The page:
It’s time for another B-Side Bio! Our newest feature is a quick introduction to some of the maybe unknown facts about some of our favourite musicians. This man started from the bottom, literally living in sheds with rats before finding success with his first big single. He became known as the artist who could write “songs about pizza, MTV, and working at McDonald's, turning mundane thoughts into songs.” He also asked the question, “I'm a loser baby, so why don't you kill me?” And with that, I introduce, Beck.
Beck Hansen, was born Bek David Campbell in L.A. on July 8, 1970. He adopted the last name Hansen from his grandfather Al Hansen, who he later collaborated and toured with on a joint art exhibition to New York City and Winnipeg, Manitoba. Beck was born into quite the creative household - his dad, a Canadian arranger, composer, and conductor, while his mom was a visual artist who was also a “Warhol Superstar”, one of a handful of New York City personalities promoted by Andy Warhol in his work. They are also a family of Scientologists.
As any good creatives, they were dirt poor, living in neighbourhoods with refugees in low-rent apartment blocks. At 16, Beck got his first guitar, dropped out of high school and became a street musician, playing in parks and on busses. He then decided to make a change and hopped on a bus to New York City with only his guitar and $8 in his pocket. After a year and a half of no luck in New York, Beck thought better of another homeless NYC winter and scrounged what little he had to get back to L.A.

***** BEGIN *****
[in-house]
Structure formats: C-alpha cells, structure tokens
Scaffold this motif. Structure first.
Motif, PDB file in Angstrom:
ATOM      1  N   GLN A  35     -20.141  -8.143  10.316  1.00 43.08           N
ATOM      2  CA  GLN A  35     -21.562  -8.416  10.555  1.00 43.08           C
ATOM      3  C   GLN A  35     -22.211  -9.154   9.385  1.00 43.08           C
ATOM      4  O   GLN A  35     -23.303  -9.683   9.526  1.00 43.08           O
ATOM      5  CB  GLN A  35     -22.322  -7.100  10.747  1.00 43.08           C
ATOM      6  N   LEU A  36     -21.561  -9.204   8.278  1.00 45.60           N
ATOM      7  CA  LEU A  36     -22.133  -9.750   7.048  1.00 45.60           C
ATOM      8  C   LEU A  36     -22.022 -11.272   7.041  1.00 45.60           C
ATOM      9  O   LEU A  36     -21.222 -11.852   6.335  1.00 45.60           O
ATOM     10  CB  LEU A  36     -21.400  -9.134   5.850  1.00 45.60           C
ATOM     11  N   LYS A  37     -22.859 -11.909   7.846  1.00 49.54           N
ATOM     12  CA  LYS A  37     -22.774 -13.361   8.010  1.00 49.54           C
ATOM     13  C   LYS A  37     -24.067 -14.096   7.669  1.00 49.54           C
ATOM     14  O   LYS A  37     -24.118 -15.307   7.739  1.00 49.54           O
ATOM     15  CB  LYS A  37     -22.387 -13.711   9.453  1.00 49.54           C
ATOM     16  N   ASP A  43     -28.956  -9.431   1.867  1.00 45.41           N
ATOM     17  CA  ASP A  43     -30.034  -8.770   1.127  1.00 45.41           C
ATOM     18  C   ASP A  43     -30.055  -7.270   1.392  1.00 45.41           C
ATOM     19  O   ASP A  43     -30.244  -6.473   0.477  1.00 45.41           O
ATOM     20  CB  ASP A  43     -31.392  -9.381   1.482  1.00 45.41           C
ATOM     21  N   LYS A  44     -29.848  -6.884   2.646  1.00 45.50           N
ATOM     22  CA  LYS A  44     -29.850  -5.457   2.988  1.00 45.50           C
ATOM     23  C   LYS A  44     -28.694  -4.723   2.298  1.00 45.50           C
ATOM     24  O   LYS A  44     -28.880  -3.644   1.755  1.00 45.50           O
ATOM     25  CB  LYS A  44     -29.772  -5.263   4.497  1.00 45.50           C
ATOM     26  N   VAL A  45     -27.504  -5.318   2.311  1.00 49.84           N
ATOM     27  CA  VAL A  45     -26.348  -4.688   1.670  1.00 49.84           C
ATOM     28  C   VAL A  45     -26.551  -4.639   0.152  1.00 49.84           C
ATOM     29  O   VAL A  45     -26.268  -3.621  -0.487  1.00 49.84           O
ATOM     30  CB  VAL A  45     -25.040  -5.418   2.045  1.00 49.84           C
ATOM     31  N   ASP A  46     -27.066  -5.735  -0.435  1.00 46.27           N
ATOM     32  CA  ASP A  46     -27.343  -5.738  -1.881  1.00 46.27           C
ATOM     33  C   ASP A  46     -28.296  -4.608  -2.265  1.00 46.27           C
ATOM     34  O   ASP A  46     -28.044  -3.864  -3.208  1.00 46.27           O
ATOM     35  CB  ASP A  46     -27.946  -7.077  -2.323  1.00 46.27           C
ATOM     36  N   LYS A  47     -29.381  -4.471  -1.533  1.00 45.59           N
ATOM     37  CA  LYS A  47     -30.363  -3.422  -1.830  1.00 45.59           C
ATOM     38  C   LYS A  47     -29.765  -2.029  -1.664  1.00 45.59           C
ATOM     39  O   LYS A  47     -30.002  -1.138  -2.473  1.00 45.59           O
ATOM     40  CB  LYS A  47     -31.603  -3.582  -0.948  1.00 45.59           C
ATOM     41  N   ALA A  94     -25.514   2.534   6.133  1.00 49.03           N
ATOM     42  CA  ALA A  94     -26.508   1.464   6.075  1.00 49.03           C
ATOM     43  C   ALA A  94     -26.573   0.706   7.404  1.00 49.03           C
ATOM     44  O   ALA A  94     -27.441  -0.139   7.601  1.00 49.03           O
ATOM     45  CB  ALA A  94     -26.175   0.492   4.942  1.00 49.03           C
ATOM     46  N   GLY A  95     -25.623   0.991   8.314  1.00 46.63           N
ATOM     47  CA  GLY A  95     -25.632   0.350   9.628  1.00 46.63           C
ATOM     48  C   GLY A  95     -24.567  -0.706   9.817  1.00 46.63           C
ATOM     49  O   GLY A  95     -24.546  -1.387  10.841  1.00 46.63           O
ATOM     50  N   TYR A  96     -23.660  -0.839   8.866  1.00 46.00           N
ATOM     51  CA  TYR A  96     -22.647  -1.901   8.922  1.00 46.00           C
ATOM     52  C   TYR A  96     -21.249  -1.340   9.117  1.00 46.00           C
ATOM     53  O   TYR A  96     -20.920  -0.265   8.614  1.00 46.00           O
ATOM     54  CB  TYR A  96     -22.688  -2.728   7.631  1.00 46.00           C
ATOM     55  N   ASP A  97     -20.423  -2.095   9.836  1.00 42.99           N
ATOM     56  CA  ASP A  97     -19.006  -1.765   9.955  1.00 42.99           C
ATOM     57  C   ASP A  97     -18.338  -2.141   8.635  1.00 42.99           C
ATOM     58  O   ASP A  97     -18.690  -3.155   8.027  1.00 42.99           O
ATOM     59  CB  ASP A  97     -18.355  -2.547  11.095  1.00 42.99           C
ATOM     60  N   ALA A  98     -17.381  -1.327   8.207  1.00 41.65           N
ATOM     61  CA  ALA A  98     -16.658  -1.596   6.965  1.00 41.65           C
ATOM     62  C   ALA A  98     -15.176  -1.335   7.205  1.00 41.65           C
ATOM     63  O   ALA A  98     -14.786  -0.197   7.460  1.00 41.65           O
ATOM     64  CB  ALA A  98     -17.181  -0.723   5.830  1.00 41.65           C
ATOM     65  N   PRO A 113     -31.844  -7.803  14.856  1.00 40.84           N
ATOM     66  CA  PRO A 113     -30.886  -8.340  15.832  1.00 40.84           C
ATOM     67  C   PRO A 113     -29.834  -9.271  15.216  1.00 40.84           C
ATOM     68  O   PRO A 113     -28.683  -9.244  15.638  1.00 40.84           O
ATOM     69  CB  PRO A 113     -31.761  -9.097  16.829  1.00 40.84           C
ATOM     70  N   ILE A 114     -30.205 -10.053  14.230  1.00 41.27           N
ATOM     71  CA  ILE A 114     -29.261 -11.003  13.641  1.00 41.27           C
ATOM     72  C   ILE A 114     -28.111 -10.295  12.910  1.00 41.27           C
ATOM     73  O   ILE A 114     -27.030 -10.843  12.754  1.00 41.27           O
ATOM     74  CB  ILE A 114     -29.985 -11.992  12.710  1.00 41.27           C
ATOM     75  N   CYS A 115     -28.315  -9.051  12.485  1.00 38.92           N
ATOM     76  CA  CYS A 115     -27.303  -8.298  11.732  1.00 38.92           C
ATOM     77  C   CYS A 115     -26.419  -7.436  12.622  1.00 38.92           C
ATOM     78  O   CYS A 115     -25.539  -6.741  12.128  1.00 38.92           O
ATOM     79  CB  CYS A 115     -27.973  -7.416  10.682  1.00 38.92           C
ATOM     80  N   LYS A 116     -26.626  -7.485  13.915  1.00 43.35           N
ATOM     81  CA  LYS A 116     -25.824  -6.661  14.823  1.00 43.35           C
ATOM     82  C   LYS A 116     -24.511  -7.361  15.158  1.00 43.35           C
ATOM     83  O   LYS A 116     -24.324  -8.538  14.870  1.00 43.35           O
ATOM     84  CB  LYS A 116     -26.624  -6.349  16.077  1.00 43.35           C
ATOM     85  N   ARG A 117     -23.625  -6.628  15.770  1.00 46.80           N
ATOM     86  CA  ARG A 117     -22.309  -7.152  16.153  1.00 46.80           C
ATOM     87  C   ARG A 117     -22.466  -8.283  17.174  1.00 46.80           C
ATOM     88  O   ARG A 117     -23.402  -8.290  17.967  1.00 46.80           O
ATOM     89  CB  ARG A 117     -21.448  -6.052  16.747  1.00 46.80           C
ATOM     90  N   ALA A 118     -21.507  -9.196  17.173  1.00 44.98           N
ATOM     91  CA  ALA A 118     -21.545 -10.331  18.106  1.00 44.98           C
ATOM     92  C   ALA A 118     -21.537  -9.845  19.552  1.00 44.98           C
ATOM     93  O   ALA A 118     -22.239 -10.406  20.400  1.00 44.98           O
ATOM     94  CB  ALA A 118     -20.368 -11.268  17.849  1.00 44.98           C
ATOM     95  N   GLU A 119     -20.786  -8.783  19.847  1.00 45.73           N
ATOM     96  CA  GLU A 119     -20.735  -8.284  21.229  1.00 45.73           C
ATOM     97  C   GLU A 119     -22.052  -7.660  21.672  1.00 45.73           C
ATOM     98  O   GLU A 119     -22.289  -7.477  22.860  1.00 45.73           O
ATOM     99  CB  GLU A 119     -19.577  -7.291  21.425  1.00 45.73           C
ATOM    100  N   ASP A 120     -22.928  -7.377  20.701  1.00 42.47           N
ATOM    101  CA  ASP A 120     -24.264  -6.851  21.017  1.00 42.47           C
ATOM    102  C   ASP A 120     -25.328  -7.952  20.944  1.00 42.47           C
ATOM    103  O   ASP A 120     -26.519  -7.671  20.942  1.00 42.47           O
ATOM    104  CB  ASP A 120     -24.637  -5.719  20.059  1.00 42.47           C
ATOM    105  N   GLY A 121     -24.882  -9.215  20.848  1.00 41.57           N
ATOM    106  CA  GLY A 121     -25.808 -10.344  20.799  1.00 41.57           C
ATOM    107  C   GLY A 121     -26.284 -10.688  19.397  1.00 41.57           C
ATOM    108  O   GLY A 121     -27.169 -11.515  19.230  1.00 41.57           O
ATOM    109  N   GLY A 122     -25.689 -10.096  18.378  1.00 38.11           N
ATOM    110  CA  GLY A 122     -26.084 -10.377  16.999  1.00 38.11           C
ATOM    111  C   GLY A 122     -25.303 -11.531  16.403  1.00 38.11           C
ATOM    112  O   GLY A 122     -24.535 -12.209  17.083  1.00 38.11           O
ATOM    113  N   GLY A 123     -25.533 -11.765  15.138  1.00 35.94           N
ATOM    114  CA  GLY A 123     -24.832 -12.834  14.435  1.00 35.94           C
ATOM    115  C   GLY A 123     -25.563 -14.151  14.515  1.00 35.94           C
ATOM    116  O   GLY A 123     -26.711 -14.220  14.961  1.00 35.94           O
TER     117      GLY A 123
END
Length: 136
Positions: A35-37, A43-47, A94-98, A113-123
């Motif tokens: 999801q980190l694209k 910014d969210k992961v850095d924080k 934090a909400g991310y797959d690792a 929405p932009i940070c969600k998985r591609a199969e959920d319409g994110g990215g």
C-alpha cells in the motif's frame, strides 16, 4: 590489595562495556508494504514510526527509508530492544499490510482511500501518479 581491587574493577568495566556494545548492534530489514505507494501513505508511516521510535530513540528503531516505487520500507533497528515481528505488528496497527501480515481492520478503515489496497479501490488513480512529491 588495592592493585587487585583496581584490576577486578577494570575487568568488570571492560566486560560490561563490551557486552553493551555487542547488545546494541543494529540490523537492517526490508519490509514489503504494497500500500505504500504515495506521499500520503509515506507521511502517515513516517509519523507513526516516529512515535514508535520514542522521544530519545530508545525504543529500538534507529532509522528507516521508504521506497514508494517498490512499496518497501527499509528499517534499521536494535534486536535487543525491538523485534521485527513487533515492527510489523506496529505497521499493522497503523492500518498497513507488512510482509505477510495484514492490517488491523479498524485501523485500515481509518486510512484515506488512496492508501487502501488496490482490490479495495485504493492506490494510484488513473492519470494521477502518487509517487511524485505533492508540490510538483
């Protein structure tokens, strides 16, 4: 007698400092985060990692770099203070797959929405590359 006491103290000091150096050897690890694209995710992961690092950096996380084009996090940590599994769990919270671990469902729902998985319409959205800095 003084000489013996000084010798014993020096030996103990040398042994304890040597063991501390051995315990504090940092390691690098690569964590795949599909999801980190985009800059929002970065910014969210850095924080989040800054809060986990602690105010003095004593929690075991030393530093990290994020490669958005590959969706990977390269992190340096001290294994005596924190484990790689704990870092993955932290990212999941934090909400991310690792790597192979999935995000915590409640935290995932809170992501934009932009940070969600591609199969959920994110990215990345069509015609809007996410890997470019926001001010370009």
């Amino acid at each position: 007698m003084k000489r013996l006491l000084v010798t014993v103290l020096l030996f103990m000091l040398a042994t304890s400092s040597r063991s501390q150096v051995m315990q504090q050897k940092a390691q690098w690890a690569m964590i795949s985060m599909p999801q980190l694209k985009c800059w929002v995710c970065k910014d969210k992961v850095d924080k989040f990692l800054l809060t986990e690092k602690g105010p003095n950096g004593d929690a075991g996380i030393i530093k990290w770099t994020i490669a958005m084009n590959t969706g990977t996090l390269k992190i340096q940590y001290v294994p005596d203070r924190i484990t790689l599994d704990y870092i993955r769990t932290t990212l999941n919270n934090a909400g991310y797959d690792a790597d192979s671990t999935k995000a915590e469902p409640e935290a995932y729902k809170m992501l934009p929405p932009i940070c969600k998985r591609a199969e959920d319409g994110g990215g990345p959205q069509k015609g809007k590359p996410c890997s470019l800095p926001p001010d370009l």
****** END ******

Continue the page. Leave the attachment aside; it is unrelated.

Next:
Back at home, he started working at a video store, "doing things like alphabetizing the pornography section". During this time he was also playing clubs, bringing his New York performance style of slam poetry and spoken word to his performances. His eccentric personality landed him slots in between the actual musicians, letting him share his strange folk songs with the audience while often wearing storm trooper helmets and other unusual outfits.
After catching the attention of some record execs and publishers, Beck started collaborating in some of their home studios and laid down “Loser”, which he considered a one-off hip-hop-style experiment that he set aside, going back to his folk style. The records execs of the indie label he’d been working with took the single, pressed 500 12” vinyls and released it, even though Beck thought it was mediocre. Unexpectedly, it got picked up by local college radio stations, a major commercial station in Seattle and then was picked up by L.A.’s world famous rock station, KROQ, who played it nearly every hour.
From there, he spent all of his time in the studio, trying his damndest to not become a one-hit wonder. By this time he had gained the respect of his peers, including the likes of Johnny Cash and Tom Petty who loved his style. His next taste of success would come from the 1996 release of the album Odelay which earned him a Grammy nomination for Album of the Year, a Grammy Award for Best Alternative Music Album, as well as a Grammy Award for Best Male Rock Vocal Performance.
In total, Beck has released 13 albums, with the latest release of Colors in 2017 including one of my personal favourite tracks, “Dreams”.
Did ya learn something?
He’s a fascinating dude, but I’ve got to keep it short, so there we have it! Another B-Side Bios. This week, we’re adding Beck’s acoustic track “Ramona” from the Scott Pilgrim vs. the World Soundtrack to our PTP Spotify Playlist.